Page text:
The thesis by the author, which seems broadly creditable, though not proven, is that the transition to high-intensity rice agriculture in the plains of the eastern delta, and in particular east of the Padma, arrived after the Mughal expansion into the reason. As such, the transition to a “higher religion” occurred under Islam, and therefore these people became Muslim (at least nominally). The analogy that is obvious here would be the Christianization of the Montagnards and other Southeast Asian “hill people” during the colonial period, as they had been detached from Theravada Buddhist civilization.
2) The author deploys a similar model, with modifications, for western Punjab. The model here is that Jat who moved up from Sindh abandoned obligate pastoralism and engaged in agriculture, and fixated upon the tombs and shrines of Islamic eminences. Due to the emphasis on paternal lineage, the author observes that the Islamicization of names occurred quantitatively over 300 years, from the 15th to the 18th century (initiation to completion).
The main qualm I have with this model is this: the Jats/people of Punjab do not look to be from Sindh if modern Sindhis are representative of ancient Sindhis. In the language familiar to readers of this weblog Sindhis are enriched for “Iranian-related ancestry” vis-a-vis Punjabis, who are enriched for “steppe.” The Jats in particular are highly enriched for “steppe” ancestry. Going by genetics alone this model is difficult to accept, though as noted in this space it does seem that caste-like stratification has ancient roots in this region, and so that may serve as some explanation.
Note: The model in Bengal implies that Islamicization and Hinduicization occurred in East Bengal simultaneously. That is, most of the sponsors of agricultural reform and intensification happened to be Muslim, but some were Hindu, and in the case of Hindu sponsored developments the regions became Hindu. Further investigation though would be warranted for Bengali Brahmins in the eastern regions, who would then presumably be migrants from the western zone, because it is hard to credit animistic tribes needing the services of literate priestly elites.
Another BP Podcast is up. You can listen on Libsyn, Apple, Spotify, and Stitcher (and a variety of other platforms). Probably the easiest way to keep up the podcast since we don’t have a regular schedule is to subscribe to one of the links above!
You can also support the podcast as a patron. The primary benefit now is that you get the podcasts considerably earlier than everyone else. This website isn’t about shaking the cup, but I have noticed that the number of patrons plateaued a long time ago.
In this episode we talk to Professor Ahmet Kuru. Professor Kuru teaches at San Diego State and is the author of (among others) “Islam, Authoritarianism and Underdevelopment”. We discuss his book and the causes of the (relative) decline of the Islamicate world in the last 800 or so years.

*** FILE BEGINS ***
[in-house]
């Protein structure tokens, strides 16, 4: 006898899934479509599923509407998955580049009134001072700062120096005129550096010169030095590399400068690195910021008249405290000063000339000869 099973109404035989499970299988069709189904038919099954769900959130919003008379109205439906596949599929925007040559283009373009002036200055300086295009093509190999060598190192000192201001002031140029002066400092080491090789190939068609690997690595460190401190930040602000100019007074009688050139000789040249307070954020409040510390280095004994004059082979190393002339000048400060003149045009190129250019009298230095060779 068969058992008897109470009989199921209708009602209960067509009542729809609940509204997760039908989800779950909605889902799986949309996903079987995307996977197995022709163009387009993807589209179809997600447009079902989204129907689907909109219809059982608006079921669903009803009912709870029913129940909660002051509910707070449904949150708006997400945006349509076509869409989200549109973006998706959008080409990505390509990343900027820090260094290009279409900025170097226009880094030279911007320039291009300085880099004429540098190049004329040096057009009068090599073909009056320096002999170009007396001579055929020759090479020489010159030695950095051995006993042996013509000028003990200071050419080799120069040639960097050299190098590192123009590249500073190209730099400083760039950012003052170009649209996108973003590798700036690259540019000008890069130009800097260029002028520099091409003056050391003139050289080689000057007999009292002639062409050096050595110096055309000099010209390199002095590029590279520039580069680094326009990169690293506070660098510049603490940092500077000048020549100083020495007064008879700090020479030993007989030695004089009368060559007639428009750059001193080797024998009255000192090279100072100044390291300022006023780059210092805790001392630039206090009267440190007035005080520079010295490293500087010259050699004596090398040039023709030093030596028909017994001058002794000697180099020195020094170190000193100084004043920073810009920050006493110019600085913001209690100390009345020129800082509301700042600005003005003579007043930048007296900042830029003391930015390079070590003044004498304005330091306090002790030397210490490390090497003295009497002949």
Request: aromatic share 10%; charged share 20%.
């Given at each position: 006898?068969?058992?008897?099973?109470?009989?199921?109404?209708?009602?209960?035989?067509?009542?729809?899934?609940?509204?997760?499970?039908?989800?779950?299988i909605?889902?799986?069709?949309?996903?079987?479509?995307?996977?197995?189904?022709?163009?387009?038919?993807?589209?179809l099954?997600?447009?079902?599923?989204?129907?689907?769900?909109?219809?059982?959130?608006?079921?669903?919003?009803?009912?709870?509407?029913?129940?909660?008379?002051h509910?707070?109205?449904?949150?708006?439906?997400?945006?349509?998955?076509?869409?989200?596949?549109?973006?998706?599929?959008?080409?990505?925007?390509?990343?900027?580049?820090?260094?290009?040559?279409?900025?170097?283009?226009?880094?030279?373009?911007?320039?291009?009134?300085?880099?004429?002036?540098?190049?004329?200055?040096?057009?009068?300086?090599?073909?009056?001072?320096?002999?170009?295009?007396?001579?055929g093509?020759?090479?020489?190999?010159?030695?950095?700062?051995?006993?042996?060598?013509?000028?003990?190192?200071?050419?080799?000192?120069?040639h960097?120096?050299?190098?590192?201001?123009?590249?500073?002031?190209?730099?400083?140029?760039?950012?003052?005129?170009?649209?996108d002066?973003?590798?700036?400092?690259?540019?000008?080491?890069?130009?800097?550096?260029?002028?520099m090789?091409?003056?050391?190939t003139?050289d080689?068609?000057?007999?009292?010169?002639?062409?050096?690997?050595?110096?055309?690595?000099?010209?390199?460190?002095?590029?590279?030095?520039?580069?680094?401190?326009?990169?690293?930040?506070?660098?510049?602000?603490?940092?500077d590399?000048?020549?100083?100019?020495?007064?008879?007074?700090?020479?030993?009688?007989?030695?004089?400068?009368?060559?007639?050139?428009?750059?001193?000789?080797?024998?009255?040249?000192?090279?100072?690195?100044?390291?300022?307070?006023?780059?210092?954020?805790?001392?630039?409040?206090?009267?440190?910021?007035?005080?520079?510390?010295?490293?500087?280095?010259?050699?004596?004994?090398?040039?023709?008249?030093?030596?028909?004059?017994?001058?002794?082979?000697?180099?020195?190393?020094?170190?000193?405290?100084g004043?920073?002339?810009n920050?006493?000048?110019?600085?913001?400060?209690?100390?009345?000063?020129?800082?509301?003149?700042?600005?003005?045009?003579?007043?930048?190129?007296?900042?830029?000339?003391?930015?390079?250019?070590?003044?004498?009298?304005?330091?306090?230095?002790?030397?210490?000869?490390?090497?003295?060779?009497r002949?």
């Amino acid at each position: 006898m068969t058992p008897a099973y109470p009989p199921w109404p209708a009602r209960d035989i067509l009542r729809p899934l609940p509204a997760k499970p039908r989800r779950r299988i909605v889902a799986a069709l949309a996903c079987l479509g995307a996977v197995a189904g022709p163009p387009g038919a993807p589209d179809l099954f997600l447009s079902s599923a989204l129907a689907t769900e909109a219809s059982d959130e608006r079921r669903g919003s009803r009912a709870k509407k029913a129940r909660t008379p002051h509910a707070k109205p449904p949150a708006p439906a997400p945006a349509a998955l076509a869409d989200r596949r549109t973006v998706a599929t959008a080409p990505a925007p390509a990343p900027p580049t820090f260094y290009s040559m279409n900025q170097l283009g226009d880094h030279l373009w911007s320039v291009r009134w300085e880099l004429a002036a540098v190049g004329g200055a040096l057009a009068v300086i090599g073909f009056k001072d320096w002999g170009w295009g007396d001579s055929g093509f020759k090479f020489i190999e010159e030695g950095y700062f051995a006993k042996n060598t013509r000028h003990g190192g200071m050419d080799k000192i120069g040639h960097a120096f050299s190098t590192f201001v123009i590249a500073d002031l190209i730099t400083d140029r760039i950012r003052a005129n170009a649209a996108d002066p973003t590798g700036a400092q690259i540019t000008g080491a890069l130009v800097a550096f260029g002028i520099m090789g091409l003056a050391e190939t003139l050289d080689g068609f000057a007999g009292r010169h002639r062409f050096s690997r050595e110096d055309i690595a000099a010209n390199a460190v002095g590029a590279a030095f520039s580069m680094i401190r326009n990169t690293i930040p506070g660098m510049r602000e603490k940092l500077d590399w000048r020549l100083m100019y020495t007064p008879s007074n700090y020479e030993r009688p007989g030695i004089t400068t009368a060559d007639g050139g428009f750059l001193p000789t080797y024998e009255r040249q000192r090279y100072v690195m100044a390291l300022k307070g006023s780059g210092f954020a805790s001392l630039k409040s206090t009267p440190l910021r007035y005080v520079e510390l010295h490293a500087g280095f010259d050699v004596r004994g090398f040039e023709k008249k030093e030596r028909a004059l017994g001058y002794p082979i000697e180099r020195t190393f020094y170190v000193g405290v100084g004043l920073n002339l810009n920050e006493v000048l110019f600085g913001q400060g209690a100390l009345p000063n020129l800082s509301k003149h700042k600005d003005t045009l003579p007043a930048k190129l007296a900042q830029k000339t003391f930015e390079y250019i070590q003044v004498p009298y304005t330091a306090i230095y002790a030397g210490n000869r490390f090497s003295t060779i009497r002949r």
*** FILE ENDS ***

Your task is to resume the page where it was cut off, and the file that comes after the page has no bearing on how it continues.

Would like to propose expanding CAA to include the following groups of muslims to:
get everyone’s feedback on what can practically pass the Indian Lokh Sabha quickly
see if several major Indian leaders will publicly endorse this
The following text will be continually edited based on feedback.
Proposing to expand CAA to include the following “AND ONLY THE FOLLOWING” groups of muslims IF AND ONLY IF they can prove persecution inside Bangladesh, Pakistan or Afghanistan:
13 classes AND ONLY 13 CLASSES of Muraqabah Sufi muslims:
3 classes of Muraqabah Irfan Sufi Shia muslims
Sixer Ishmaeli Muraqabah Irfan Sufi Shia muslims
Dawoodi Bohra Sixer Ishmaeli Muraqabah Irfan Sufi Shia muslims
Twelver Jafari Muraqabah Irfan Sufi Shia muslims
10 other classes of Muraqabah Sufi muslims
Chisti Muraqabah Sufi muslims
Qadiri Muraqabah Sufi muslims
Pir Nund Rishi Muraqabah Sufi muslims
Pir Shirdi Sai Nath Muraqabah Sufi muslims
Pir Kabir Muraqabah Sufi muslims
Pir Janardhan Swami Muraqabah Sufi muslims
Pir Hazrat Babajan Muraqabah Sufi muslims
Pir Syed Mohammed Baba Tajuddin Muraqabah Sufi muslims
Pir Baba Fariduddin Ganjshakar Muraqabah Sufi muslims
Pir Baba Budan Muraqabah Sufi muslims
Agnostic, Atheist and Ex muslims
LBGTQ plus muslims
Female femnist muslims
Any and all Muraqabah Sufi muslims admitted under CAA need to be certified and verified as Muraqabah Sufi muslims by a council of Muraqabah Sufi muslims chaired by Pir Diwan Sahib Syed Zainul Abedin. Pir Diwan Sahib Syed Zainul Abedin will appoint a committee of Muraqabah Sufi muslims at his own discretion to assist him in this task.
Any and all Agnostic, Atheist and Ex muslims, LBGTQ plus muslims and female femnist muslims admitted under CAA need to be certified and verified by a council of muslims chaired by Tarek Fatah . Tarek Fatah will appoint a committee of muslims at his own discretion to assist him in this task.
In addition to approval by above councils of muslims, any and all muslim CAA applicants are subject to extensive deep background security checks and can be vetoed by the Indian government for any reason.
NO OTHER MUSLIMS will be permitted to apply for CAA. No other aspect of CAA will be affected.
Please provide your suggestions about how to improve the above draft.
It wasn’t emphasized in the piece, but I will make it clear here: the development of Sunni Islam as we understand it was strongly conditioned on the cultural influences from the matrix of Iranian-Indian religious and social thought which matured in Turan. In fact, one of the early Abbasids, the son of an Iranian mother, even considered moving the capital of the Caliphate to Central Asia, in particular, the city of Merv.
The aspects of Islamic thought most clearly a product of this period and place? I believe that this is the hadith culture embedded within the institutions of the madrassa. Many argue the madrassa is a modification of the Central Asia vihara, and the analysis of proper practice due to religious law was a major function of the religious within these viharas.